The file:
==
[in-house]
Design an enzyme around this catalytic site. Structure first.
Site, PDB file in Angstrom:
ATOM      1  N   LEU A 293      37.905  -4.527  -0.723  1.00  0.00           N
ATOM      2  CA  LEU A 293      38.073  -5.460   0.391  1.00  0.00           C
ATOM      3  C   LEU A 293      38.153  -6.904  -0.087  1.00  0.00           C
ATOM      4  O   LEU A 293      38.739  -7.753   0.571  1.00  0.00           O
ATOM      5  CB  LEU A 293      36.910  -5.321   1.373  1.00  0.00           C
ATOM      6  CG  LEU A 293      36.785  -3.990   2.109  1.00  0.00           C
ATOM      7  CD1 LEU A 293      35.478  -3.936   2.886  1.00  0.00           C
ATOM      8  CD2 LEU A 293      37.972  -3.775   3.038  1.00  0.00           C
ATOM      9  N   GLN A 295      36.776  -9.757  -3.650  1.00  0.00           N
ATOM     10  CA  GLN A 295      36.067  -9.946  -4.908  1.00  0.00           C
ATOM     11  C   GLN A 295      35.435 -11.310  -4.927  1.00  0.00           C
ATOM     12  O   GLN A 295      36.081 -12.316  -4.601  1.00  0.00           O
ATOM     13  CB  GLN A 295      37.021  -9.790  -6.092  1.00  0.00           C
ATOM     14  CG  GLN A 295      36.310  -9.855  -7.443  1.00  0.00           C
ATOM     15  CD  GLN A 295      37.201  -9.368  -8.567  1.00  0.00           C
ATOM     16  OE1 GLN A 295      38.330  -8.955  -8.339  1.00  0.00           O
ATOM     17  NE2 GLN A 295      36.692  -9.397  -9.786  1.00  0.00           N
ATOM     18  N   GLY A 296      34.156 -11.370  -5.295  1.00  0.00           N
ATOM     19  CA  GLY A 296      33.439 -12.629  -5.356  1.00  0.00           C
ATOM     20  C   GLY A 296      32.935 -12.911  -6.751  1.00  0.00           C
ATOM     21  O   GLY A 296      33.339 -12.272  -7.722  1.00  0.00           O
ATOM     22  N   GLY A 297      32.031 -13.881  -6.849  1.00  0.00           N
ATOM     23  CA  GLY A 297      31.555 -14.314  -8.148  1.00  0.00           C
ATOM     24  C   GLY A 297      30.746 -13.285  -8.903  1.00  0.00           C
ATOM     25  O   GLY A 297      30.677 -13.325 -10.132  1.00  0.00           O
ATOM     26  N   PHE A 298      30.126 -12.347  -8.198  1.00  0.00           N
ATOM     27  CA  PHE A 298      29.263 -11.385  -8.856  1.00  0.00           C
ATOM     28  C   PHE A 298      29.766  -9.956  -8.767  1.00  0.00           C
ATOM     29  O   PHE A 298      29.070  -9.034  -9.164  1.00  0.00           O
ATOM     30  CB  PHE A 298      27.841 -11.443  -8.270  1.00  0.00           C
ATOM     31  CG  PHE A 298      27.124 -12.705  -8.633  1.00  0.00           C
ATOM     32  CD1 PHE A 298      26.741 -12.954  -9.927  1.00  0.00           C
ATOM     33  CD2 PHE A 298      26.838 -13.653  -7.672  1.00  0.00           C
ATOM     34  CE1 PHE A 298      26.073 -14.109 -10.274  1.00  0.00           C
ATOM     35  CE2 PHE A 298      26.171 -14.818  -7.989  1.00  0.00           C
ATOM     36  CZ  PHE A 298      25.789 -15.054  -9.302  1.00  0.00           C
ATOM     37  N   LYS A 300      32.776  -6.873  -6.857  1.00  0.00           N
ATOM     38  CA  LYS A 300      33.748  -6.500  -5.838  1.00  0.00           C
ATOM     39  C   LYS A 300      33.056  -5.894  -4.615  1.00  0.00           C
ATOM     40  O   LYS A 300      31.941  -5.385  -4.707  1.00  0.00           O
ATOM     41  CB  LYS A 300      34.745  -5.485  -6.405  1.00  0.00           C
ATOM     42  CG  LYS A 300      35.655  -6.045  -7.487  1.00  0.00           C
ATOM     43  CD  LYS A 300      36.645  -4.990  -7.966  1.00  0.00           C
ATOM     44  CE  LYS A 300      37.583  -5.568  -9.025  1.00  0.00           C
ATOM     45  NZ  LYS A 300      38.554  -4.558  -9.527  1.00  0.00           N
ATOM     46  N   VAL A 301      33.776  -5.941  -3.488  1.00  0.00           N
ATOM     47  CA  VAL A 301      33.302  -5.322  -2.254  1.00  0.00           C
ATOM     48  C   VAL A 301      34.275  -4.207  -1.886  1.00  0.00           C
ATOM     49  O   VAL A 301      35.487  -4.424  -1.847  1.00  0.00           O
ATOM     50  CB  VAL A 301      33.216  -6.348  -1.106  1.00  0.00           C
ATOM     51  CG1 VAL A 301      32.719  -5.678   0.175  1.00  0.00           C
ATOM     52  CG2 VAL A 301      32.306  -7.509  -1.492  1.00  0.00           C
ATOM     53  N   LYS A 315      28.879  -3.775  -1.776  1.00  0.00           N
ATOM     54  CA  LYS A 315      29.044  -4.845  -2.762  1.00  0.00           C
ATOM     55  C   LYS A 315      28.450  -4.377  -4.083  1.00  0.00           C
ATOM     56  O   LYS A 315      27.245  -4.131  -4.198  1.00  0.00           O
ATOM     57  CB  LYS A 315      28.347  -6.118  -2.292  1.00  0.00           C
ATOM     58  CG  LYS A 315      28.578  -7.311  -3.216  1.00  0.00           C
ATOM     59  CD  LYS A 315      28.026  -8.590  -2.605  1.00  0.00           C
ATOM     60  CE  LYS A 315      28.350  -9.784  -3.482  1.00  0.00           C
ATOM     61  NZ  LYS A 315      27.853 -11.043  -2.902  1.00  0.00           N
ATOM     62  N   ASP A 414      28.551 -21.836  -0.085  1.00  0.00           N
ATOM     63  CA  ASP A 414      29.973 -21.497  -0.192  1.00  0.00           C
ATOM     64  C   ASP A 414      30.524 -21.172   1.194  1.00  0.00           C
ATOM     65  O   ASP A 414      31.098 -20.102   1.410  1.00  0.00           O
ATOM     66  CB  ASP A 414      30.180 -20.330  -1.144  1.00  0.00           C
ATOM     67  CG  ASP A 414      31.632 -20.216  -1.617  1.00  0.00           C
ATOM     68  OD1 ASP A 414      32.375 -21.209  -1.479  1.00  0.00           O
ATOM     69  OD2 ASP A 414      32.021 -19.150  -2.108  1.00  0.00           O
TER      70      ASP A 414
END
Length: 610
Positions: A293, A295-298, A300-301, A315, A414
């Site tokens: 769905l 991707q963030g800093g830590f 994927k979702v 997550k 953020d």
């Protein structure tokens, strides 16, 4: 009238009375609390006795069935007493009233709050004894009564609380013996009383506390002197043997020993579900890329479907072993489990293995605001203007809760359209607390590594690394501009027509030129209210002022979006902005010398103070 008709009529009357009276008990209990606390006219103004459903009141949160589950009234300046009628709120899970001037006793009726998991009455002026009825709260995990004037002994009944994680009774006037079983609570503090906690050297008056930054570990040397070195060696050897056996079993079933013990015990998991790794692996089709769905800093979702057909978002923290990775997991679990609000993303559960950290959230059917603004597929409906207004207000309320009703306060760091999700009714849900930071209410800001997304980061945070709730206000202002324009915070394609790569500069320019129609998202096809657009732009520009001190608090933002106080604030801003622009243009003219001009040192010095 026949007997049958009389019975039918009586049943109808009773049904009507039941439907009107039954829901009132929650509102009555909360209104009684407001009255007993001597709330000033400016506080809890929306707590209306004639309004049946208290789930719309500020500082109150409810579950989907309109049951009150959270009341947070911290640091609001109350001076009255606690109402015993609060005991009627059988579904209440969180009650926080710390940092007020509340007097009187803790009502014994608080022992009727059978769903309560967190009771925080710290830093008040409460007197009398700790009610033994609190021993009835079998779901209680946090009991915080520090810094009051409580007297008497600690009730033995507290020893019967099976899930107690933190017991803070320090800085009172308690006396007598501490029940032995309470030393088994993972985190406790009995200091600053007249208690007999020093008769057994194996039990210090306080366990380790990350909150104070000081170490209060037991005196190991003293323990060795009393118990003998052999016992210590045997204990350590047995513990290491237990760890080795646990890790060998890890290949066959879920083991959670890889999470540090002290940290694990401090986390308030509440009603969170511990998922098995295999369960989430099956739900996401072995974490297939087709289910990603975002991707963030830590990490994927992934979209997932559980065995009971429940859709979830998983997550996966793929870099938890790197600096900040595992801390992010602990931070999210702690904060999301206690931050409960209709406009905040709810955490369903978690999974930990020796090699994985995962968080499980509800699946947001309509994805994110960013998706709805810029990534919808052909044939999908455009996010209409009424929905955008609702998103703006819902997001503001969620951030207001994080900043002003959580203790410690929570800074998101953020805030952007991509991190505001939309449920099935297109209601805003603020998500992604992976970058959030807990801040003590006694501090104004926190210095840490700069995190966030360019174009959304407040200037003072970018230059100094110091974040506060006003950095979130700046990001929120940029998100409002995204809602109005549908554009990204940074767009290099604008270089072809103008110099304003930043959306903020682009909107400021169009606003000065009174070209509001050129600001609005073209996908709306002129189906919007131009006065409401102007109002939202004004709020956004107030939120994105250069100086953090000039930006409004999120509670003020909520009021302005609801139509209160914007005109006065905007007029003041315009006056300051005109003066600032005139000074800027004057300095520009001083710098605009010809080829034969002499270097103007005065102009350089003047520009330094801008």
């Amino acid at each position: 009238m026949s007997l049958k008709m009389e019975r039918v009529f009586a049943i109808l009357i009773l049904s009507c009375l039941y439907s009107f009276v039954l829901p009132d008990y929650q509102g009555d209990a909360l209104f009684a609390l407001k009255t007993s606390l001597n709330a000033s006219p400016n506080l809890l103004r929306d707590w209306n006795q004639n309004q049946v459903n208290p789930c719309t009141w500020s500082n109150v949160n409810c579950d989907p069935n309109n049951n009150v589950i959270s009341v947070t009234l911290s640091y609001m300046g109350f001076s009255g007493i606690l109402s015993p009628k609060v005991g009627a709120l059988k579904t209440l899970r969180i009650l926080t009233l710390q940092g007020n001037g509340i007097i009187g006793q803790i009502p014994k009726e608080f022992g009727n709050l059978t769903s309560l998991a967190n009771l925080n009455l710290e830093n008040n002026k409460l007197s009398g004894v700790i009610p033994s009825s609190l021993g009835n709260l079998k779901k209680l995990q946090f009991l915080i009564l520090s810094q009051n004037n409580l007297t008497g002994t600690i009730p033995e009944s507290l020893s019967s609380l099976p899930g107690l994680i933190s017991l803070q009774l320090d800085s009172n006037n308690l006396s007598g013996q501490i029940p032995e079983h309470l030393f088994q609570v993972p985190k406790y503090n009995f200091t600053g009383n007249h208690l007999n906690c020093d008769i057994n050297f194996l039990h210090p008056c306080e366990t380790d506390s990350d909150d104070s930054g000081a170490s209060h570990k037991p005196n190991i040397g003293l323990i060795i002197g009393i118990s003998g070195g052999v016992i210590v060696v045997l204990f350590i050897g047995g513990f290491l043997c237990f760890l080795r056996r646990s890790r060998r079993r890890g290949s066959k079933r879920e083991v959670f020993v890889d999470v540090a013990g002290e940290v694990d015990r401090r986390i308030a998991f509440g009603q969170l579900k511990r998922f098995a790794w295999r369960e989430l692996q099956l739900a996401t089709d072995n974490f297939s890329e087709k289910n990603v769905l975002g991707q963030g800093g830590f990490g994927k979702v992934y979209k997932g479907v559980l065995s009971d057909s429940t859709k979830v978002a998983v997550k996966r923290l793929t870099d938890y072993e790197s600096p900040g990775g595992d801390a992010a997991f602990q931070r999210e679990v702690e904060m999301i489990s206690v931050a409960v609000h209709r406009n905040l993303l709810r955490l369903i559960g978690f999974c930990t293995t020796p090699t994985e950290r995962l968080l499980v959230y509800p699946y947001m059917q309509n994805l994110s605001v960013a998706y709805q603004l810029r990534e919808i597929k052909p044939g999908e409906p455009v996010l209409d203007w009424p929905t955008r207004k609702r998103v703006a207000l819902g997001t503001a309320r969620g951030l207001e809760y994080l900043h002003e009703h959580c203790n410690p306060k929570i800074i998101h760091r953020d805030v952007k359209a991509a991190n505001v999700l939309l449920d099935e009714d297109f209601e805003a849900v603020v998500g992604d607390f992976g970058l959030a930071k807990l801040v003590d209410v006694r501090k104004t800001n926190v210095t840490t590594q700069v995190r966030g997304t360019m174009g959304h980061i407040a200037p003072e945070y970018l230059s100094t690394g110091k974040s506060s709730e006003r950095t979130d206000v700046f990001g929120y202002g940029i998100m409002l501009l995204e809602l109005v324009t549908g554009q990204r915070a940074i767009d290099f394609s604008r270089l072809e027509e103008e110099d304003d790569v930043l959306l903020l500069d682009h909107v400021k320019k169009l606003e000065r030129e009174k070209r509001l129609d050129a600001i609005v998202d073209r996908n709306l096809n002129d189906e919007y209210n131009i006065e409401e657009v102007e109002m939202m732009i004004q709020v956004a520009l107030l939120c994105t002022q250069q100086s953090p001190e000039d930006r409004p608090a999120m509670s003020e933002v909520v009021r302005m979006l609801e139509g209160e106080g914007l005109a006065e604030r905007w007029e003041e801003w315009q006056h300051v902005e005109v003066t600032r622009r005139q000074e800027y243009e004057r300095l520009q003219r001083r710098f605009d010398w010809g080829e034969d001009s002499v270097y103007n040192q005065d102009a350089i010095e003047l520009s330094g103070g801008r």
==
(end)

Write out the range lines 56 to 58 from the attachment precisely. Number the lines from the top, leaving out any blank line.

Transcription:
ATOM     53  N   LYS A 315      28.879  -3.775  -1.776  1.00  0.00           N
ATOM     54  CA  LYS A 315      29.044  -4.845  -2.762  1.00  0.00           C
ATOM     55  C   LYS A 315      28.450  -4.377  -4.083  1.00  0.00           C